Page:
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I've made the classic 433mhz send/receive experiment, using cheap hardware on the same breadboard and same raspberry, I've wired both sender and receiver to VCC 5V, GND to GND and data to GPIO 27 (receiver) and 17 (sender). I used the 433Utils as software and Piscope to check th result. The first thing I've noticed is taht on Picope's channel 27 there is a continuos signal also if i don't use any sender, that's so weired for me (I'm a beginner). Then, I did enter the sendcode command only one time but the receiver console print 4 times the code, it is correct? More: on Piscope I see the sent code is repeated 10 times, why? I think this result is not correct, anyway I see something was sent and received, so I suppose the experiment did well.

The wave on channel 27 seems to be like the sent one, I post here the image, can someone tell me how to decode the signal received? Thanx

enter image description here

enter image description here

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    Some protocols repeat the same packet X times in this case it can be a correct signal, check your device protocol. (for example oregon scientific protocol with a temperature sensor working on the 433MHz band can have this repetition). Using -vvvv with rtl433 let you show more datas...
    – Ephemeral
    Dec 12 '19 at 16:43
  • Could you edit your post and show just one signal in detail. That might be enough to identify the protocol (there are hundreds).
    – joan
    Dec 12 '19 at 17:14
  • what do you want to do with this? You tried it wth HT12D and E? Dec 13 '19 at 8:05
  • @arafat: I do'nt understand what you say
    – onec0de
    Dec 15 '19 at 15:36
  • @Ephemeral: where and when I have to do this command?
    – onec0de
    Dec 15 '19 at 15:36
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These types of radio systems are inherently unreliable, which is the reason the transmitter tends to repeat the signal multiple times. Ten repetitions is not unusual. As an aside consider a TV infrared remote control, it will continually transmit the signal until you take your finger off the button.

The receiver is seeing radio static. The automatic level detection circuitry will kick in once a proper carrier and signal is detected.

If you plan to process the received data I suggest you filter the static as far as possible. pigpio provides a glitch filter which is useful in this case, it rejects all GPIO level changes shorter than a specified number of microseconds in length. I suggest you experiment with values in the 50 µs region.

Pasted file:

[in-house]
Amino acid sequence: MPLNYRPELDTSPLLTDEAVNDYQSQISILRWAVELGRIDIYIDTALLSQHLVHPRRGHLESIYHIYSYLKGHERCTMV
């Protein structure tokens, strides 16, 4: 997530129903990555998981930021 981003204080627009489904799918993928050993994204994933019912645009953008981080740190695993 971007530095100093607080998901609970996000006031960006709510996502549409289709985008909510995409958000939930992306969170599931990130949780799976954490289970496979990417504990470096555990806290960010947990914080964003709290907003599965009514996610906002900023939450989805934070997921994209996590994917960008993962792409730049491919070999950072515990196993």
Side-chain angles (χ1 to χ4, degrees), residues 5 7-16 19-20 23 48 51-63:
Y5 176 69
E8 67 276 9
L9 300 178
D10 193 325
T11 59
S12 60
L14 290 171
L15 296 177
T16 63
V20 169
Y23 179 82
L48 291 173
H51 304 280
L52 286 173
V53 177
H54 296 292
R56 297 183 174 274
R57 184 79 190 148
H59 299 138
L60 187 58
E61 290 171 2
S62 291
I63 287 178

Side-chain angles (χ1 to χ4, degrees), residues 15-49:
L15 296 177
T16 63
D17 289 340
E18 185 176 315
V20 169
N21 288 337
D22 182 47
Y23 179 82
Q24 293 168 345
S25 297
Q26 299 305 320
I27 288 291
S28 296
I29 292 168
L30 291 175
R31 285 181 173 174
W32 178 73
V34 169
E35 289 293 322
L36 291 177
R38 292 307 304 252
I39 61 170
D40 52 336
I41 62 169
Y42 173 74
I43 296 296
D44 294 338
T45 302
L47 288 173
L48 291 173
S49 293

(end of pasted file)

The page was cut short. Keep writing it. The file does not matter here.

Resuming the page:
From the command line try

pigs fg 27 50

See http://abyz.me.uk/rpi/pigpio/pigs.html#FG

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Firstly, I've noticed when I launch the Piscope& command, the shell release this message "** (piscope:2283): WARNING **: Error retrieving accessibility bus address: org.freedesktop.DBus.Error.ServiceUnknown: The name org.a11y.Bus was not provided by any .service files (piscope:2283): Gdk-CRITICAL **: gdk_window_create_similar_surface: assertion 'GDK_IS_WINDOW (window)' failed"

but the windows start and piscope is going well.

Then, I've tried to launch pigs fg 27 50 from any shell (I got 3 opened: the one where I've launcehd Piscope, the sender's one and the receiver's one) but nothing happened: the noise on ch 27 is still there. maybe I do wrong where and when sending the filter command?

Anyway when I send the code the ch 27 duplicate the ch 17, so it seems it is correct. My only doubt is that the code is sent via wire and not via radio, but I'm not sure this is possible.

Here another image in detail. the code sent is: 1234. how can i decode it? The main purprose of my project is to decode other signals: I use to test it a garage opener named CAME top 432 (datasheet confirms it works at 433.92 mhz) clicking it very close to the receiver but the receiver console doese'nt print anything, so I don't know if really the raspy receive something to decode (also because the ch 27 is noised)

any other suggestion please?

enter image description here

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